Like Fakhra, not a long time ago in India under different circumstances, the murdered Jessica Lal’s sister had also lost the battle against a politically backed and influential family of an arrogant killer. The readers may recall that the Lal murder case became an icon of national conscience for India when the court acquitted the killer because all the witnesses had testified against the murder charge. Jessica, a young model, was brutally killed with close range pistol shots after she refused to serve the son of a local influential politician accompanied by his friends as she had already closed the bar. The murder had taken place in front of horrified employees and guests at the club. In the court, however, no one came forward to testify against the powerful accused and as a result, the killer walked free. As a mark of maturing Indian nationalism, civil society launched a vigorous campaign that gathered so much strength that the investigation was re-opened in December 2006. With renewed interest of the law enforcement agencies and under the spotlight of the media, the accused found the tide going the opposite way and after being found guilty, he was imprisoned for life.

Fakhra’s case is much more tragic than that of Lal. While the bullets fired by the assailant ended a beautiful life in minutes, Fakhra had to experience 12 years of agony between the attack and her death. ‘No one burnt Fakhra’ was the verdict of the court as all witnesses turned hostile and the person accused by Fakhra got acquitted. Fakhra is, however, not the only victim of our malfunctioning justice system as the list is a long one. ‘No one raped her and no jirga was involved in the crime’ was the verdict for Mukhtaran Mai. Some time ago, a young educated girl of Peshawar, Samia Sarwar was murdered in the office of an NGO by a hired assassin who had accompanied the mother of the girl as part of an honour killing plot. The father walked free from the court thanks to the old tribal norms-based law that facilitates a murderer after some money payment.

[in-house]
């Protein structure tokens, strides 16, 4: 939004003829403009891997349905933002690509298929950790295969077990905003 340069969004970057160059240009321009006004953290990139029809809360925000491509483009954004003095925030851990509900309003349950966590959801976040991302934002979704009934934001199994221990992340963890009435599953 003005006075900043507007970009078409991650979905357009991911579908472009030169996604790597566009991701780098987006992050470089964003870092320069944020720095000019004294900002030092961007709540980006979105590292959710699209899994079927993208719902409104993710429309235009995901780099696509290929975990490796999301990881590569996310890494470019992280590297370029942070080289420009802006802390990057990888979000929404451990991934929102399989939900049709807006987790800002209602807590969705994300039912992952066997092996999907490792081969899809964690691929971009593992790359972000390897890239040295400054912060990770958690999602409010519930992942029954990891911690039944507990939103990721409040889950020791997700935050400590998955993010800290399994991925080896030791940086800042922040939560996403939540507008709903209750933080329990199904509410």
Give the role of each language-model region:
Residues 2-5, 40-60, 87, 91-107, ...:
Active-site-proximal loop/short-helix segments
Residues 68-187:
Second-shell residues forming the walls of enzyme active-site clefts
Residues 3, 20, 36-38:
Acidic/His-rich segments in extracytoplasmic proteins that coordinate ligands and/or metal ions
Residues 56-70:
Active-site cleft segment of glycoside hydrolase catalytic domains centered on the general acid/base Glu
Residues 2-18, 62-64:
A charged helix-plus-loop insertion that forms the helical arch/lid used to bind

The situation reminds me of a famous Hollywood movie, Predator, in which marines stuck in a jungle are killed, one by one, by an invisible alien predator. We are also unable to figure out who is killing us as our social and religious norms mockingly take aim at us with impunity. Even more sinister is the comparison with another thriller in which the lead role investigating a murder mystery is shocked to find in the end that she herself was the killer as she committed the murder while she was not in her senses due to some psychiatric disorder. Maybe we are the actual perpetrators as we have acquiesced in a legal order that enables such crimes to go unpunished. Let us be honest and not look around for anybody else to blame. The criminal is residing inside us. Isn’t it time to call the police?

The writer teaches public policy in the UK and is the founding member of Rationalist Society of Pakistan. He can be reached at hashah9@yahoo.com

Author: Dr. Haider Shah

Academic, Researcher and Writer